Table 1 shows resolution of cell cycle phase determination: FC vs. microscopy-based assay. Fractions of cells in each cell cycle phase estimated by FC analysis and the microscopy-based assay showed no statistical difference (FIG. 26). The resolution of the cell cycle-phase distributions obtained by these two methods was estimated by Gaussian fits of the G0/G1 peaks. The coefficient of variation (CV) is defined as the ratio of standard deviation over mean value. Signal to noise ratio (SNR) is the reciprocal of the coefficient of variation. Cells in the G0/G1 phase were analyzed by: (i) flow cytometry (denoted FC) using 10,000 cells, (ii) flow cytometry using the same number of cells as analyzed by our microscopy-based assay (1,000 cells; denoted FC (sampled)), and (iii) by our microscopy-based assay.

FIG. 27 illustrates cell cycle distributions of MD-MB-231 cells verified by flow cytometry (FC) analysis according to an embodiment of the current invention. A direct comparison between FC analysis and the analysis using our assay also showed statistically indistinguishable cycle distributions for human breast carcinoma cells (MD-MB-231). (A) Cell cycle distribution of human breast cancer cells (MDA-MB-231) were measured by both FC and the microscopy assay. The number of analyzed cells is indicated above each graph. (B) Fractions of cells in each phase of the cell cycle quantified with our microscopy-based assay and compared to FC.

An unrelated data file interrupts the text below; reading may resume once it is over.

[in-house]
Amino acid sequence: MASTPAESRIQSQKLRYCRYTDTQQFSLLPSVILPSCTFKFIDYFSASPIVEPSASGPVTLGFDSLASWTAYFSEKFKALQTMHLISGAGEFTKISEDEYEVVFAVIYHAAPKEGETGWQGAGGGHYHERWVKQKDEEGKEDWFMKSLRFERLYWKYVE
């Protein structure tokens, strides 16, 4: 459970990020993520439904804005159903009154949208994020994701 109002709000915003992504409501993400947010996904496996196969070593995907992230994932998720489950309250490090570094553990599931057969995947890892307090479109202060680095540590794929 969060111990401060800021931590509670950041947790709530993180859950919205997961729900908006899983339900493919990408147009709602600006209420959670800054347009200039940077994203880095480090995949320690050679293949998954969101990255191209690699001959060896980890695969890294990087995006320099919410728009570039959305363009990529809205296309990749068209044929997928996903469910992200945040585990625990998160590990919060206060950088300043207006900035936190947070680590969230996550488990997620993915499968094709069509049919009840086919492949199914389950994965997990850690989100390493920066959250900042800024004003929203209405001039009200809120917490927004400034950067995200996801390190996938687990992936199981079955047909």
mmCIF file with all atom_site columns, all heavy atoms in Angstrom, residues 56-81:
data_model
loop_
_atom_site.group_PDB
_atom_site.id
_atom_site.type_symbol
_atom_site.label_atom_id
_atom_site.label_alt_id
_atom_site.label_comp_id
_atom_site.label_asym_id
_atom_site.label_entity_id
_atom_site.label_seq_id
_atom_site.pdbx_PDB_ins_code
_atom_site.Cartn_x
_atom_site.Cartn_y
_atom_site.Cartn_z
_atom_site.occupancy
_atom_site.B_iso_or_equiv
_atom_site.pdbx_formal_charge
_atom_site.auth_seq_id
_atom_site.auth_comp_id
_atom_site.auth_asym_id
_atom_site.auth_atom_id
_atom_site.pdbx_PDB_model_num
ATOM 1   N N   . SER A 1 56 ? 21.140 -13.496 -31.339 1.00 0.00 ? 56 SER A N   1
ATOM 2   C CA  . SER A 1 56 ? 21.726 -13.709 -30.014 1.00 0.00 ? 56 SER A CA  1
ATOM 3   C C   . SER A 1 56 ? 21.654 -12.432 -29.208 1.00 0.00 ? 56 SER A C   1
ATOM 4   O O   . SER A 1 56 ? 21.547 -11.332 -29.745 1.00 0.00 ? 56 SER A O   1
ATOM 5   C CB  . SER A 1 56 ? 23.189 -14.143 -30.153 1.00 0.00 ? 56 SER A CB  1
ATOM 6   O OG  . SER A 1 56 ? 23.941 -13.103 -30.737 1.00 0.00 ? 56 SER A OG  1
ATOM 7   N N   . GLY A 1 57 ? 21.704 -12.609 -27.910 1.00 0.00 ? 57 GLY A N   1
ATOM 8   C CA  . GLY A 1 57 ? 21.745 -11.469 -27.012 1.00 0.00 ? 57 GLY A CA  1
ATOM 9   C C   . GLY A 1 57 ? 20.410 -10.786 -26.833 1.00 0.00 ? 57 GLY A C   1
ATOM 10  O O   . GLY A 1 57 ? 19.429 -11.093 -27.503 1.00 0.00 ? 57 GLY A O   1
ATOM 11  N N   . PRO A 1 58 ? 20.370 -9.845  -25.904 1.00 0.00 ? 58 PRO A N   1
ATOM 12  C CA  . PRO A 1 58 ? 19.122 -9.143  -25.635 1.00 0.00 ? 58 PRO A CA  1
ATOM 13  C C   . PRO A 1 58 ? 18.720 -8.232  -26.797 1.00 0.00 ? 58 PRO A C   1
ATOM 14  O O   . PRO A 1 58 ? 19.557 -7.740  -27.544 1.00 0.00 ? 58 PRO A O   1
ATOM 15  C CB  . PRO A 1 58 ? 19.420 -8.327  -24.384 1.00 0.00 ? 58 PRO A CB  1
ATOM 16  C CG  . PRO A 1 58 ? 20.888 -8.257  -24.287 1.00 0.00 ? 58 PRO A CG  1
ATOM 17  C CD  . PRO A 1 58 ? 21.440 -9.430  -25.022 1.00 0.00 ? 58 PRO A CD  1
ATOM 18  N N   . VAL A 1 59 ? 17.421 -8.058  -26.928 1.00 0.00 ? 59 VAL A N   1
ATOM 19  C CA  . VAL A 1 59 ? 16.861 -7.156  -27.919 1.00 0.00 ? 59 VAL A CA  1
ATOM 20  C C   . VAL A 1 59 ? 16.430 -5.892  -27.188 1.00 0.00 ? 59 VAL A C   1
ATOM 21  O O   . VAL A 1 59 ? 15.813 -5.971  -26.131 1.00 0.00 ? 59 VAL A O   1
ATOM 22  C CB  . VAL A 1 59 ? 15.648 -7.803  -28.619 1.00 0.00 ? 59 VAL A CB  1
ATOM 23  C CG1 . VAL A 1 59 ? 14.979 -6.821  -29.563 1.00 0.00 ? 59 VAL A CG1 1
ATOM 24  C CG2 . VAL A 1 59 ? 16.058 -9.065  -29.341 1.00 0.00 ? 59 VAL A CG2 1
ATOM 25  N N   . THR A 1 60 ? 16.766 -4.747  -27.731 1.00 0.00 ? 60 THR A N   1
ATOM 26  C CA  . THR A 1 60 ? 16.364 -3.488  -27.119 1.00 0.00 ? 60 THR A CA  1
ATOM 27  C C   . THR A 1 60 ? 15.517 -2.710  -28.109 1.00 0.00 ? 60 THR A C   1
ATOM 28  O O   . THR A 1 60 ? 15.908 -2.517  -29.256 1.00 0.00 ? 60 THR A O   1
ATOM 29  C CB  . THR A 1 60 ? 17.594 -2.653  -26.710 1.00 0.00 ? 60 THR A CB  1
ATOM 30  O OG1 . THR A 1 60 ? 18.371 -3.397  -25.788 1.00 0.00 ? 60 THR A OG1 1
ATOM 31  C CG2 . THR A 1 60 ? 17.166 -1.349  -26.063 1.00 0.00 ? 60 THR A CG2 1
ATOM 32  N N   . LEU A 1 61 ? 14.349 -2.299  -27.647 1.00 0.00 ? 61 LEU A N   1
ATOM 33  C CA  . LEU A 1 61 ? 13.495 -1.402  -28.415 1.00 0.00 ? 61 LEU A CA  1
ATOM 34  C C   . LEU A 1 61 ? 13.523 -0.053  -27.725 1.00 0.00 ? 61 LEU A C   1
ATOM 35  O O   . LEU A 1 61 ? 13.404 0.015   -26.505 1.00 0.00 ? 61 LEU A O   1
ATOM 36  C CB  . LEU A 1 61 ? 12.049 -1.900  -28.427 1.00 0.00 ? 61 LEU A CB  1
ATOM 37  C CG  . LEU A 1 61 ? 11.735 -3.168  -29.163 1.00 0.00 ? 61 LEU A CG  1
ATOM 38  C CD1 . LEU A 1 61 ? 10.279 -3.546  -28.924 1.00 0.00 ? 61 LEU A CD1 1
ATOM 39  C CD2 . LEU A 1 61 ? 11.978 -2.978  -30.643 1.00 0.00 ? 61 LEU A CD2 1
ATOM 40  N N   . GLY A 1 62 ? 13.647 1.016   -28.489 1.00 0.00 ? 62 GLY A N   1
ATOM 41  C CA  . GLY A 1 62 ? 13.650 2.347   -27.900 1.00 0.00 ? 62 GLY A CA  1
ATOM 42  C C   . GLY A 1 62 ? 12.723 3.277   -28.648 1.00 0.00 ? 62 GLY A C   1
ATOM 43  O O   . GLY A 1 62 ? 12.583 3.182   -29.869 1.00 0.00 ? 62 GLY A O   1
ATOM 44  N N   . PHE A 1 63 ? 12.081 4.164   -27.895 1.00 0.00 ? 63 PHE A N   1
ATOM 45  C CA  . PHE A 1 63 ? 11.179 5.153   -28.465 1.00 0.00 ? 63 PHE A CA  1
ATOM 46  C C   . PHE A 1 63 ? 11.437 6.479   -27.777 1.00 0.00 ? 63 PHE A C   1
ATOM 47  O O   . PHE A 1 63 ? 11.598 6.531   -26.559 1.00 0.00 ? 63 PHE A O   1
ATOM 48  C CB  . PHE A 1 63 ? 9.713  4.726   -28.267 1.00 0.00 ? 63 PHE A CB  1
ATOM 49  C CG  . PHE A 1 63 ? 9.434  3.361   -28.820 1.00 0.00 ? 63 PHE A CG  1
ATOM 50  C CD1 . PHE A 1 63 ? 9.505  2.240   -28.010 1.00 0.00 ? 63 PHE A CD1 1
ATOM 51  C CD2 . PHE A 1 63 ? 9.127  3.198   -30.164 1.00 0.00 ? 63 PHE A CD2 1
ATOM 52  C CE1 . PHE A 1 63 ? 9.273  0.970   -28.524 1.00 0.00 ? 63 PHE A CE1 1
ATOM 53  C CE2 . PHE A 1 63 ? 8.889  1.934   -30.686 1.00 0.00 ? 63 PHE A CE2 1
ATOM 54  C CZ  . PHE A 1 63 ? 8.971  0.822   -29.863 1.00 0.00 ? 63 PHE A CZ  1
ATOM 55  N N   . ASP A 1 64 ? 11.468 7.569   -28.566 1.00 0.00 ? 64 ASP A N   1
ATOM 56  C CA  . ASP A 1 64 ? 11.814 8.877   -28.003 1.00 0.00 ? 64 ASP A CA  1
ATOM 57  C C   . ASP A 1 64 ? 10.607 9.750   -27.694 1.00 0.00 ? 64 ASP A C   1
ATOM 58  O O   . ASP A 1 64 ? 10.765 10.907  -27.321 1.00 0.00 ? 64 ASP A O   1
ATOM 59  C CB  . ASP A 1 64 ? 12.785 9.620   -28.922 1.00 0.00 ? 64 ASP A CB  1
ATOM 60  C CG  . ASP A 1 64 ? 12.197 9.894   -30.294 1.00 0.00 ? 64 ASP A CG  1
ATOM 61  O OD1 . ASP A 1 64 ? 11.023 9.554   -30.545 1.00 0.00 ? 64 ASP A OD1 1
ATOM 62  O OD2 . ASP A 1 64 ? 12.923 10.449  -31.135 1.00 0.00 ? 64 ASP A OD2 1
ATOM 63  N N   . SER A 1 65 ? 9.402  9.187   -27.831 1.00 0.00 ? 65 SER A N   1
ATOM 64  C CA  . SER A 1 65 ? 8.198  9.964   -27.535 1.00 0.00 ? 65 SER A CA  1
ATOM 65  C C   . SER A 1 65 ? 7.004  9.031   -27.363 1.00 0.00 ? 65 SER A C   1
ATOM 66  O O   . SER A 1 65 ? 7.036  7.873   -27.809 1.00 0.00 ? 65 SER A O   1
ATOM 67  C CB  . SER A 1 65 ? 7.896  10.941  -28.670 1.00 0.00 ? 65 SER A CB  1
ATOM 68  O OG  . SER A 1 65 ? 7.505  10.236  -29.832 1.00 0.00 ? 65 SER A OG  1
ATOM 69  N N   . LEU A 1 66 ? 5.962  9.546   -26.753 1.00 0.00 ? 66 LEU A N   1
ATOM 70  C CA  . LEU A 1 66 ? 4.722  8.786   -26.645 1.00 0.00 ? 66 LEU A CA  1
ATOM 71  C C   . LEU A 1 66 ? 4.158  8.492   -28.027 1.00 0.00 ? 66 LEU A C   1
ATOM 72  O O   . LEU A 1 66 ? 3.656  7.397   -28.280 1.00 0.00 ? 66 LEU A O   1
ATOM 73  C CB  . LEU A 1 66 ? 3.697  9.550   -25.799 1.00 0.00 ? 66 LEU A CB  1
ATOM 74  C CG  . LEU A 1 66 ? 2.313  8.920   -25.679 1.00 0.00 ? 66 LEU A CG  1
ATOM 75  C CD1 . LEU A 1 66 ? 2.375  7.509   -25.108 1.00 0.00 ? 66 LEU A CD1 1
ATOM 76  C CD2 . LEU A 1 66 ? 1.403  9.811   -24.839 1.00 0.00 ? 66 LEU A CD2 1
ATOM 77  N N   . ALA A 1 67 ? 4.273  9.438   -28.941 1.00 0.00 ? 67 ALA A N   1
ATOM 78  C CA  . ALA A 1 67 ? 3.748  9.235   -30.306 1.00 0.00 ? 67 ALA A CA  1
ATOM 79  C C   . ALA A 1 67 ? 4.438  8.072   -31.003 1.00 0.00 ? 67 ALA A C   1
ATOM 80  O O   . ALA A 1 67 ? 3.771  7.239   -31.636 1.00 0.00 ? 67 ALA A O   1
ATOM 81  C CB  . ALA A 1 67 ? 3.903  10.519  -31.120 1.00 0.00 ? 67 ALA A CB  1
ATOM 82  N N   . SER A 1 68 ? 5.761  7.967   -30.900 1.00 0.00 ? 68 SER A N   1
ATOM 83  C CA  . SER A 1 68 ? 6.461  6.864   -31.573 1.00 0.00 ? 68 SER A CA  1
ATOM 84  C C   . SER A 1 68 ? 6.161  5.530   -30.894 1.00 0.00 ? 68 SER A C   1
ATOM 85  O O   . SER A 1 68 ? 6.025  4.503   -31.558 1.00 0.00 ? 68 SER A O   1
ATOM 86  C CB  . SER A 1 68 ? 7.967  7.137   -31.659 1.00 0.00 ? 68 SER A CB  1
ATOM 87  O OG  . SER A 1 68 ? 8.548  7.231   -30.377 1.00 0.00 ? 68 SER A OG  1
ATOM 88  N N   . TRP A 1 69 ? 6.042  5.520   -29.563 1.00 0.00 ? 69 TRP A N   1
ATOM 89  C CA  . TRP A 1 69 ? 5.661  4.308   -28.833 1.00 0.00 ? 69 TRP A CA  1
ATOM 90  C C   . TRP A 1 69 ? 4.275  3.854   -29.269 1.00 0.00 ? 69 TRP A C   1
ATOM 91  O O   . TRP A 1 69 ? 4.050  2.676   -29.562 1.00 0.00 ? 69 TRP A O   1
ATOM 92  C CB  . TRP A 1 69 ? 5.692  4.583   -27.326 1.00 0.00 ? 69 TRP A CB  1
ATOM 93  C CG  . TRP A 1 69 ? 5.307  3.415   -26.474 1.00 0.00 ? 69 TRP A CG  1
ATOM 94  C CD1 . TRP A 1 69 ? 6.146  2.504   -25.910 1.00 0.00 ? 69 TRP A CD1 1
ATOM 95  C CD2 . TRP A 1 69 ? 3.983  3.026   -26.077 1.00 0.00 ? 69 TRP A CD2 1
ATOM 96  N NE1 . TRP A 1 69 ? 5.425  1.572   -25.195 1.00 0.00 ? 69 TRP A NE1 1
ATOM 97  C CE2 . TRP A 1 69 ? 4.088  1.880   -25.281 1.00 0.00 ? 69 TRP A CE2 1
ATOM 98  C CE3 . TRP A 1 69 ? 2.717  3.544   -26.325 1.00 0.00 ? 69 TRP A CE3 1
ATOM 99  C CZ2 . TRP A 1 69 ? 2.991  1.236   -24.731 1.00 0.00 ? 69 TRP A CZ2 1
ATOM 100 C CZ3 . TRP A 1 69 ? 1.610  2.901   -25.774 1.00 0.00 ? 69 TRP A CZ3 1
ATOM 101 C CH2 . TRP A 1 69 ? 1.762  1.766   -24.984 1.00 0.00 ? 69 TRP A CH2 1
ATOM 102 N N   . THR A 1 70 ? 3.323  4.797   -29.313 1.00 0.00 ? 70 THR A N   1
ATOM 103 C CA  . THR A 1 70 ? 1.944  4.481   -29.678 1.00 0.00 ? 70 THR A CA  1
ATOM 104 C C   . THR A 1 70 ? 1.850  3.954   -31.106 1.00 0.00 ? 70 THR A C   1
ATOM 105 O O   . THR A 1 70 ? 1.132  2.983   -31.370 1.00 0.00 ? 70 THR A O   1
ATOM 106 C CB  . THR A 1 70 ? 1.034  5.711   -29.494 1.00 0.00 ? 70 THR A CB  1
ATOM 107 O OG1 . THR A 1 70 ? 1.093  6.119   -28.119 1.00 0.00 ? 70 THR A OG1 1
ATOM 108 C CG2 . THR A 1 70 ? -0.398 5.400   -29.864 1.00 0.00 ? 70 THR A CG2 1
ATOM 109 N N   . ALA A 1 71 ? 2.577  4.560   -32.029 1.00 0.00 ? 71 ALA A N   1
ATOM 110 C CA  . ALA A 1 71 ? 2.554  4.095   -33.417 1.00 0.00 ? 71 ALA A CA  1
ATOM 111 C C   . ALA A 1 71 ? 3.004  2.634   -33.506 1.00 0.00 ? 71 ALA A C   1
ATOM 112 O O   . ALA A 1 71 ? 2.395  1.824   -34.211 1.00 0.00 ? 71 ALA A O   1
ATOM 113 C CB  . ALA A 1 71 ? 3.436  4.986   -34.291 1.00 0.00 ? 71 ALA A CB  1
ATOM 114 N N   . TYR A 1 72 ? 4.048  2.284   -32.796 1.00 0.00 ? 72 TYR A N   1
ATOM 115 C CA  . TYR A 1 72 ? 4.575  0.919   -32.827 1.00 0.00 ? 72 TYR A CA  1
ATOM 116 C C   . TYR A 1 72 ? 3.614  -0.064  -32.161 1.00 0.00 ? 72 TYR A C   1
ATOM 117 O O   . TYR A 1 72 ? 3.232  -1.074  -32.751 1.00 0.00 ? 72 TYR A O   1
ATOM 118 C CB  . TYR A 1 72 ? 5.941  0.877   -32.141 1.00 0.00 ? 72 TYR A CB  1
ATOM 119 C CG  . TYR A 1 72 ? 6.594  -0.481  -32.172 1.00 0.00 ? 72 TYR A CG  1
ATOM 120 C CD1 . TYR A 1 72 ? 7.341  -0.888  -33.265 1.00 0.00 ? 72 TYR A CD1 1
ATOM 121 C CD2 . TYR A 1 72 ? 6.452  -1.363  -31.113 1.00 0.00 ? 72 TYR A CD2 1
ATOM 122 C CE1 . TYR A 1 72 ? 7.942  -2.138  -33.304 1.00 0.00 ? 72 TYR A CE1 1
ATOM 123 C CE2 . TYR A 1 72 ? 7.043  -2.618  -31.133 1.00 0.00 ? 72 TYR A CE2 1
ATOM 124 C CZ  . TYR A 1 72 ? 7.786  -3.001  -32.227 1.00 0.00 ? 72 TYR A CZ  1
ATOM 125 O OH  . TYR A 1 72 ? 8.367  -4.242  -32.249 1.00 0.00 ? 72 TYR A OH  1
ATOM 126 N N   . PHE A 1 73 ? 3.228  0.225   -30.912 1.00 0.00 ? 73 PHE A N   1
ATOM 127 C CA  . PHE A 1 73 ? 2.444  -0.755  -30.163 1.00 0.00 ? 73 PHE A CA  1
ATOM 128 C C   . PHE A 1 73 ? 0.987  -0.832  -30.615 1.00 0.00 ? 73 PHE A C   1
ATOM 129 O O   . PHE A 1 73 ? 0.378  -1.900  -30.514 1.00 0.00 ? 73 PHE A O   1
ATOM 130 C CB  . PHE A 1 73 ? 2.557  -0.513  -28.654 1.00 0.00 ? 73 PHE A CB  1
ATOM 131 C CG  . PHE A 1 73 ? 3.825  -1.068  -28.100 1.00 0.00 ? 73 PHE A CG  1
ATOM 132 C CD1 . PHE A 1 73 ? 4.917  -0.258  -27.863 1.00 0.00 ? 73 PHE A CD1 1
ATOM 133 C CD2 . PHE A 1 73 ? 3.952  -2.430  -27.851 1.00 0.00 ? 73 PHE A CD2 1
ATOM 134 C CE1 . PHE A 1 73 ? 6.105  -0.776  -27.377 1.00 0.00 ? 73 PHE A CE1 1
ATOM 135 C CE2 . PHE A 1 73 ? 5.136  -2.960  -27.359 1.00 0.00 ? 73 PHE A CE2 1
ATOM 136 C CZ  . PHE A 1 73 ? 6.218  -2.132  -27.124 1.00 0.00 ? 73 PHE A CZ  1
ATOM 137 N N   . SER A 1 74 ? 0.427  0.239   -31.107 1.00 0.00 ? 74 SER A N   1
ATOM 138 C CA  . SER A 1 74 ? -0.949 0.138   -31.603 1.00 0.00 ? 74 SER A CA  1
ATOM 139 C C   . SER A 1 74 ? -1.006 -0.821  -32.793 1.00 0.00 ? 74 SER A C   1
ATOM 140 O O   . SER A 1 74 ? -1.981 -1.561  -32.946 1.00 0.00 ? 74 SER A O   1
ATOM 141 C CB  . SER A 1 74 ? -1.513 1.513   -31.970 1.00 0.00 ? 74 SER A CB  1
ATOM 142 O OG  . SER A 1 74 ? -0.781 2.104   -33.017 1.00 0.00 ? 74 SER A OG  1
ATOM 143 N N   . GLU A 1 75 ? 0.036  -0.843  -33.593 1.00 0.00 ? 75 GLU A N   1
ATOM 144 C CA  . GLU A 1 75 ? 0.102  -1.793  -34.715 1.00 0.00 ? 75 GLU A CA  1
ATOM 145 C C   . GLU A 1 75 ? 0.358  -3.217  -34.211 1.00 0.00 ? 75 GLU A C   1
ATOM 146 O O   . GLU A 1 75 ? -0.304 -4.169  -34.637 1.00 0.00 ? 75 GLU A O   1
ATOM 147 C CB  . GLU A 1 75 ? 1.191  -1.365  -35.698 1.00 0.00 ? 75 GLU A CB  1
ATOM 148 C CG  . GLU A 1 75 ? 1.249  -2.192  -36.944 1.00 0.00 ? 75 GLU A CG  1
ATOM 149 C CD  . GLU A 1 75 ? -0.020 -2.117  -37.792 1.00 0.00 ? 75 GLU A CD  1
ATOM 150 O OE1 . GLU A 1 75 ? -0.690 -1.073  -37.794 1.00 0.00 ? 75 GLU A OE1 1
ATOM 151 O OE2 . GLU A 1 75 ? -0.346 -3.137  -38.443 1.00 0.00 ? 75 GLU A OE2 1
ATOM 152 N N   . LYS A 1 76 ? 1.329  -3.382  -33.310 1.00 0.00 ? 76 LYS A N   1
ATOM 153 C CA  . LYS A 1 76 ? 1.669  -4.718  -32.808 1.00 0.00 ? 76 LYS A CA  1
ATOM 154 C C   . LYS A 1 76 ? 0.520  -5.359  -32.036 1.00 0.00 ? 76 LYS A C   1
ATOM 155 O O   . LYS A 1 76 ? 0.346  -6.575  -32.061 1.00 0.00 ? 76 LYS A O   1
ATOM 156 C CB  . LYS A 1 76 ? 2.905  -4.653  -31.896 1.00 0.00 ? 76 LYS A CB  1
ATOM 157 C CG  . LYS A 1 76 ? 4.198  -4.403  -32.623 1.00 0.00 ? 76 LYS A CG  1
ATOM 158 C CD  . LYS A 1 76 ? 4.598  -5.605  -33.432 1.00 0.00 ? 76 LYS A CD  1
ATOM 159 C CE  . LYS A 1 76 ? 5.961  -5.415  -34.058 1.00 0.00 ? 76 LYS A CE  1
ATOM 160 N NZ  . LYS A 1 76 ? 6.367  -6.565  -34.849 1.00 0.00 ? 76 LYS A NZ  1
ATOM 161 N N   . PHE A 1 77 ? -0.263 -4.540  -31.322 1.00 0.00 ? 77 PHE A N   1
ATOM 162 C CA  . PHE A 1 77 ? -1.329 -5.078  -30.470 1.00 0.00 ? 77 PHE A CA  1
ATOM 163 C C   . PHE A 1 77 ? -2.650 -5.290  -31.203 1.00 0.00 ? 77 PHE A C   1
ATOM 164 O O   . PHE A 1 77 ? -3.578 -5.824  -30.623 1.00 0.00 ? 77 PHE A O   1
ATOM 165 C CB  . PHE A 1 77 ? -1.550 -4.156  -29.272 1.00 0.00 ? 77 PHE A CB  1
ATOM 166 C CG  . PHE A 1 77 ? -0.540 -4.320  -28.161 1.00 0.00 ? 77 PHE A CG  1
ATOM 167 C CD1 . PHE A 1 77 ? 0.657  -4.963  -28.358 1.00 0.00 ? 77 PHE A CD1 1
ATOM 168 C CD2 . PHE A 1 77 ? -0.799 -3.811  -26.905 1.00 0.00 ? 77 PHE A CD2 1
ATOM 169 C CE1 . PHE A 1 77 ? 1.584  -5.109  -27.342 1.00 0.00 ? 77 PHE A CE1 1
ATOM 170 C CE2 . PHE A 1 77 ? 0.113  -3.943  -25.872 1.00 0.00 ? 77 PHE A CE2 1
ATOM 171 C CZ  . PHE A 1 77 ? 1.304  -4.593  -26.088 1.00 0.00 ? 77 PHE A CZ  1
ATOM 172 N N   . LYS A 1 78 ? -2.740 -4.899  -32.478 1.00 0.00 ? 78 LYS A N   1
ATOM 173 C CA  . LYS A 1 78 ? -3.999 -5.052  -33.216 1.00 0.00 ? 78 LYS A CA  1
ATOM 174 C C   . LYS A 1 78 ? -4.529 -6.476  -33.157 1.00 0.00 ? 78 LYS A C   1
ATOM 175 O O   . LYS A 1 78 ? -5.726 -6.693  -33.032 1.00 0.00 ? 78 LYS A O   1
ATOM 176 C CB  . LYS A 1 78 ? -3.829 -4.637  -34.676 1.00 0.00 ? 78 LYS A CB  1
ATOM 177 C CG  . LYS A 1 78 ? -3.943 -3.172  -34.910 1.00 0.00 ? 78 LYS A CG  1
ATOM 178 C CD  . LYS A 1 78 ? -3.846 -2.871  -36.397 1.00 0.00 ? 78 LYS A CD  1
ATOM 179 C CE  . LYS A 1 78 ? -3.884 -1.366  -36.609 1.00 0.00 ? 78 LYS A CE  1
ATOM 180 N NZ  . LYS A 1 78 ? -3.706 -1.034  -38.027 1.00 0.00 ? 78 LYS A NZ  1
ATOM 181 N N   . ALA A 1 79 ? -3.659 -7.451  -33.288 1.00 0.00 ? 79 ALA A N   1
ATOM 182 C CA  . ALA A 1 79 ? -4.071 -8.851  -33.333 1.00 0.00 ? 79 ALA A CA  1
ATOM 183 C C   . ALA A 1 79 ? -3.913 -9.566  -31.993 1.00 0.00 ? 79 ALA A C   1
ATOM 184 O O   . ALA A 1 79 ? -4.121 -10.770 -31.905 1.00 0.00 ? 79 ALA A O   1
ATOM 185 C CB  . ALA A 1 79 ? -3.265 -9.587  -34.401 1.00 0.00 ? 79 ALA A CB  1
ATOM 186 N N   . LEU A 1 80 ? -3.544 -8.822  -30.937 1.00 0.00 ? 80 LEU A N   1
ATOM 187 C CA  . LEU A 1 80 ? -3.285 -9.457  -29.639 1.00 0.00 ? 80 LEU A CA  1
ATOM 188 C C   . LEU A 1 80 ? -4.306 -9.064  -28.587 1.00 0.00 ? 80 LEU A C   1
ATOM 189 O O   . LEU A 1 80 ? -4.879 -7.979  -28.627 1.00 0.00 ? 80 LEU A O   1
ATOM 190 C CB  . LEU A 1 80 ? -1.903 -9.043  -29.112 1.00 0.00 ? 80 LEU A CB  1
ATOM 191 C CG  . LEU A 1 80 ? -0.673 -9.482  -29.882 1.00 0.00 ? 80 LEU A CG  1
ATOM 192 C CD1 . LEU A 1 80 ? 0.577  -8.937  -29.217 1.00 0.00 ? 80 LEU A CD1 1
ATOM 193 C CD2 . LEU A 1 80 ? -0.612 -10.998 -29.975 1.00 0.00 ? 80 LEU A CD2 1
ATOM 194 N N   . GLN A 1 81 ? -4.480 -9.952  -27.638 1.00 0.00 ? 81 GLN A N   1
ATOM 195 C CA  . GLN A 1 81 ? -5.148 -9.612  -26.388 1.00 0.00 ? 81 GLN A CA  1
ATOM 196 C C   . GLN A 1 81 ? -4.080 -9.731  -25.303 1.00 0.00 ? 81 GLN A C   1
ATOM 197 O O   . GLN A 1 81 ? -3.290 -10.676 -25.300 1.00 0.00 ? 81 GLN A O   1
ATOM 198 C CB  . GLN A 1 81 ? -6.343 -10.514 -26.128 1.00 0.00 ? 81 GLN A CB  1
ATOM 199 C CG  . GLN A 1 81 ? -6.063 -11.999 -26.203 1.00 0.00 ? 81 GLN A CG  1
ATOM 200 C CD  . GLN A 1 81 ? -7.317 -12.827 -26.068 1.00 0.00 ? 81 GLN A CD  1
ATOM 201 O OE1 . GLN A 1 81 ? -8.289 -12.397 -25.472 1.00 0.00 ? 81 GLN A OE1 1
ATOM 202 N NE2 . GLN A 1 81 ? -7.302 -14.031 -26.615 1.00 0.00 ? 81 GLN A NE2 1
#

FIG. 28 illustrates cell cycle analysis applied to a wide range of cell types according to an embodiment of the current invention. The assay was not limited to c2c12 and MD-MB-231 cells. We tested seven additional types of cells and found that our assay could readily measure their cell-cycle distributions. To demonstrate the versatility of our method, seven additional types of cells were analyzed. These cells include human pancreatic normal epithelial cells (HPNE), human breast normal epithelial cells (MCF10A), patient-derived pancreatic cancer ductal adenocarcinoma cells that metastasized to the liver, LMNA+/+ mouse embryonic fibroblasts (MEFs), LMNA−/− MEFs, metastatic breast cancer cells (MD-MB-231), and patient-derived pancreatic cancer ductal adenocarcinoma cells from the primary tumor. At least 1,000 cells were analyzed for each cell line.

These cells were chosen to determine whether our assay worked on both normal and diseases cells, immortalized and primary cells, as well as human and rodent cells. The tested cells include human pancreatic normal epithelial cells, patient-derived pancreatic cancer ductal adenocarcinoma cells harvested from the primary tumor and from liver metastatic sites, normal human breast epithelial cells (MCF10A), and primary mouse embryonic fibroblast).

Cell Properties Depend Critically on Cell Cycle Phase

Next, we used the same microscopy method to measure both cell-cycle phase and cell and nuclear properties simultaneously in the same cells. To help clarify the potential influence of cell cycle-phase distribution on cell properties (such as nuclear size or cell shape), ENREF 24 [Assoian, R. K. Anchorage-dependent Cell Cycle Progression. The Journal of Cell Biology 136, 1-4 (1997)] we wrote the mean value of a given cell property <x> as a linear combination of cell fractions in each phase and mean values of the cell property in each of the cell cycle phase: